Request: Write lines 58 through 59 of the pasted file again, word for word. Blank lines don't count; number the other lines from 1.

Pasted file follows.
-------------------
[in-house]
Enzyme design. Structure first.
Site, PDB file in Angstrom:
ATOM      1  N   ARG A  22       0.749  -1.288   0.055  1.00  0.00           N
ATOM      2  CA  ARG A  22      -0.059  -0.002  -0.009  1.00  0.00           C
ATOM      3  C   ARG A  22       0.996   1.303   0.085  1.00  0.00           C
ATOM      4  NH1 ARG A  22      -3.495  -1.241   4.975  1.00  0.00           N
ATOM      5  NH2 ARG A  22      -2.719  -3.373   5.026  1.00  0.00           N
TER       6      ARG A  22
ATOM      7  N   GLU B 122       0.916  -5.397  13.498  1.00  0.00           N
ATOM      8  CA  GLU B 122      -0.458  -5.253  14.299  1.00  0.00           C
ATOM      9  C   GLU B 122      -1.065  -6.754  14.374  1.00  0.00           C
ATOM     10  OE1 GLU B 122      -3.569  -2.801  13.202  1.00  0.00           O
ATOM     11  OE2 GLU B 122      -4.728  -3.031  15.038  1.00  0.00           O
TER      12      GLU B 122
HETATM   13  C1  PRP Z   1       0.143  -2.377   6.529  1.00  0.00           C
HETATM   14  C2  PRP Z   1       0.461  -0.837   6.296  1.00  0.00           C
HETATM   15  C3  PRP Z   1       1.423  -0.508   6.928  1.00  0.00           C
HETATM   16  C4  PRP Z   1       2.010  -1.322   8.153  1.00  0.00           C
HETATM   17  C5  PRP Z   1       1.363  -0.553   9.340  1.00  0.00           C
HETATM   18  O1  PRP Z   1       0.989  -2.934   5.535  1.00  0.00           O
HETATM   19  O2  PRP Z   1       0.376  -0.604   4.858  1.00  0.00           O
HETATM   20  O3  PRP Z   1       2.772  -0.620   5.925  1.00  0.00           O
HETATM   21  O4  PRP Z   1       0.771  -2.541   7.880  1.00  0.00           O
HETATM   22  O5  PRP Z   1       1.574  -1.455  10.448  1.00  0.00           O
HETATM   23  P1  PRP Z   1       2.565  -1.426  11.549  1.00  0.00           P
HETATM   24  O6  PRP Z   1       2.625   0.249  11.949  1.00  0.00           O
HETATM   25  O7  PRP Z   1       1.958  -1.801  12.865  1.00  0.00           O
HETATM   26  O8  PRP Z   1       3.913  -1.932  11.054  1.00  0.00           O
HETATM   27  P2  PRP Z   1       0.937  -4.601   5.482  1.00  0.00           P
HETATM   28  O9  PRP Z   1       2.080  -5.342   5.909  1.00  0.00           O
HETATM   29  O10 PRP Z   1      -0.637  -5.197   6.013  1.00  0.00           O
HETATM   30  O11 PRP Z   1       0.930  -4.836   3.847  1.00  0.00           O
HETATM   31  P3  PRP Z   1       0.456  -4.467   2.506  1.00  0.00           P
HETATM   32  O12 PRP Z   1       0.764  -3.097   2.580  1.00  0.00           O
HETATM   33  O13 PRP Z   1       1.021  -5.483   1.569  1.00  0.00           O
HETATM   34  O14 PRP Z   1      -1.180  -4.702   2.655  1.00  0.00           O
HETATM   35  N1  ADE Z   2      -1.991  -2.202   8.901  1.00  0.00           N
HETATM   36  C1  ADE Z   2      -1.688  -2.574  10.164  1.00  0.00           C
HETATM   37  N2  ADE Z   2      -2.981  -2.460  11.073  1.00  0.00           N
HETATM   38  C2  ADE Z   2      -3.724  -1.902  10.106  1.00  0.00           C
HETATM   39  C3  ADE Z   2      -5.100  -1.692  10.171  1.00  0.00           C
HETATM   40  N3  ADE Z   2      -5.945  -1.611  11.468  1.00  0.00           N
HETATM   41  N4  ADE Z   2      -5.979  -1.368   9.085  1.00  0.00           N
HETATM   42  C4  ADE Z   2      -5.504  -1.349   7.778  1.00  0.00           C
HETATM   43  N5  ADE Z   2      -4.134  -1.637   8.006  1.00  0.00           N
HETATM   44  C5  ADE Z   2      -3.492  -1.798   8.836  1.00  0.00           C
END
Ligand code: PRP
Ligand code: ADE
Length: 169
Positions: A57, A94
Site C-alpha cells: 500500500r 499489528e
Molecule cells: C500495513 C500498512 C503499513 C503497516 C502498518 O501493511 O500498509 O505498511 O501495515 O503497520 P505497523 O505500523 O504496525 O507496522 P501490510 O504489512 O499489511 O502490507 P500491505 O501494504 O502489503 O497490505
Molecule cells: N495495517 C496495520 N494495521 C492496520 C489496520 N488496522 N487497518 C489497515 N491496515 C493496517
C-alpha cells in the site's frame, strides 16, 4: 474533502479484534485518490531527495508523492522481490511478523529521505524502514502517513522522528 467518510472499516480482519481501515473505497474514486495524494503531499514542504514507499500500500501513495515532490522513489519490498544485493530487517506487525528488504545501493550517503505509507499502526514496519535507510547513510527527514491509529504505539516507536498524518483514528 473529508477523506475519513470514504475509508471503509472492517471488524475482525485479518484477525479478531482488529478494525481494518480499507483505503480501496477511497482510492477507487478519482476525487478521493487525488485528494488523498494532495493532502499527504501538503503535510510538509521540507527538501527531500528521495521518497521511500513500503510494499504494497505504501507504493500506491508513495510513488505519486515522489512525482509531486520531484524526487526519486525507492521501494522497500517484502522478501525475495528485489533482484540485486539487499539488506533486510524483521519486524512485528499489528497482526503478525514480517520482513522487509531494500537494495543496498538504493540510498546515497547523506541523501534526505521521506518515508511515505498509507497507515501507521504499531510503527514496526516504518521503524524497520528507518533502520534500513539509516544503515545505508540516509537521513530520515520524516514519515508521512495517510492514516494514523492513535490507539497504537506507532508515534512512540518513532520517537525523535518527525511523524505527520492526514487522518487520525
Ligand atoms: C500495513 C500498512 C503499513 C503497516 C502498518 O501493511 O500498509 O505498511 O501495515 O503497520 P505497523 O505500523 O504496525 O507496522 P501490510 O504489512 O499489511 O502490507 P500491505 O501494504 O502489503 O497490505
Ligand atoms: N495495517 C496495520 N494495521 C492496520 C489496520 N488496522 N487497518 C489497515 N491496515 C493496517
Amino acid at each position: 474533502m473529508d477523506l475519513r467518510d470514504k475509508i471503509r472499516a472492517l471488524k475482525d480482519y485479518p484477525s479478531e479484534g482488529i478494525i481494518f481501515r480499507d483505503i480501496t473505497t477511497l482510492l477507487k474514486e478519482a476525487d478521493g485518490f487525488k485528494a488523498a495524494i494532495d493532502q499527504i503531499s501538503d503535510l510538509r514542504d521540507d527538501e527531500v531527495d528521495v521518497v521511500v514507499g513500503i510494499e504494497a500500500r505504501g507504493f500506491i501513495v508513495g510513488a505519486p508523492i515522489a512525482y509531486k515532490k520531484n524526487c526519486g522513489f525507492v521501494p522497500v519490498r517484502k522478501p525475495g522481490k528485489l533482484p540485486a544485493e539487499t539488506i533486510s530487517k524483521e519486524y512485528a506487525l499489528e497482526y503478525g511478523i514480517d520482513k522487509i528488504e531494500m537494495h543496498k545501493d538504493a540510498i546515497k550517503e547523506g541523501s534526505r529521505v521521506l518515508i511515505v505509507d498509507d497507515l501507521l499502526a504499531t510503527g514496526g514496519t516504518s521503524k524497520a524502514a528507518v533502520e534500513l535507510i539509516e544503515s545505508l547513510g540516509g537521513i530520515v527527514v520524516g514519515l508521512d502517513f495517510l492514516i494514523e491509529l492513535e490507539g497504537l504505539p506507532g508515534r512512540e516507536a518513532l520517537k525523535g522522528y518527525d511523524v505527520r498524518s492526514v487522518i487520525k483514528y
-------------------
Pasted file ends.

Ligand atoms: N495495517 C496495520 N494495521 C492496520 C489496520 N488496522 N487497518 C489497515 N491496515 C493496517
Amino acid at each position: 474533502m473529508d477523506l475519513r467518510d470514504k475509508i471503509r472499516a472492517l471488524k475482525d480482519y485479518p484477525s479478531e479484534g482488529i478494525i481494518f481501515r480499507d483505503i480501496t473505497t477511497l482510492l477507487k474514486e478519482a476525487d478521493g485518490f487525488k485528494a488523498a495524494i494532495d493532502q499527504i503531499s501538503d503535510l510538509r514542504d521540507d527538501e527531500v531527495d528521495v521518497v521511500v514507499g513500503i510494499e504494497a500500500r505504501g507504493f500506491i501513495v508513495g510513488a505519486p508523492i515522489a512525482y509531486k515532490k520531484n524526487c526519486g522513489f525507492v521501494p522497500v519490498r517484502k522478501p525475495g522481490k528485489l533482484p540485486a544485493e539487499t539488506i533486510s530487517k524483521e519486524y512485528a506487525l499489528e497482526y503478525g511478523i514480517d520482513k522487509i528488504e531494500m537494495h543496498k545501493d538504493a540510498i546515497k550517503e547523506g541523501s534526505r529521505v521521506l518515508i511515505v505509507d498509507d497507515l501507521l499502526a504499531t510503527g514496526g514496519t516504518s521503524k524497520a524502514a528507518v533502520e534500513l535507510i539509516e544503515s545505508l547513510g540516509g537521513i530520515v527527514v520524516g514519515l508521512d502517513f495517510l492514516i494514523e491509529l492513535e490507539g497504537l504505539p506507532g508515534r512512540e516507536a518513532l520517537k525523535g522522528y518527525d511523524v505527520r498524518s492526514v487522518i487520525k483514528y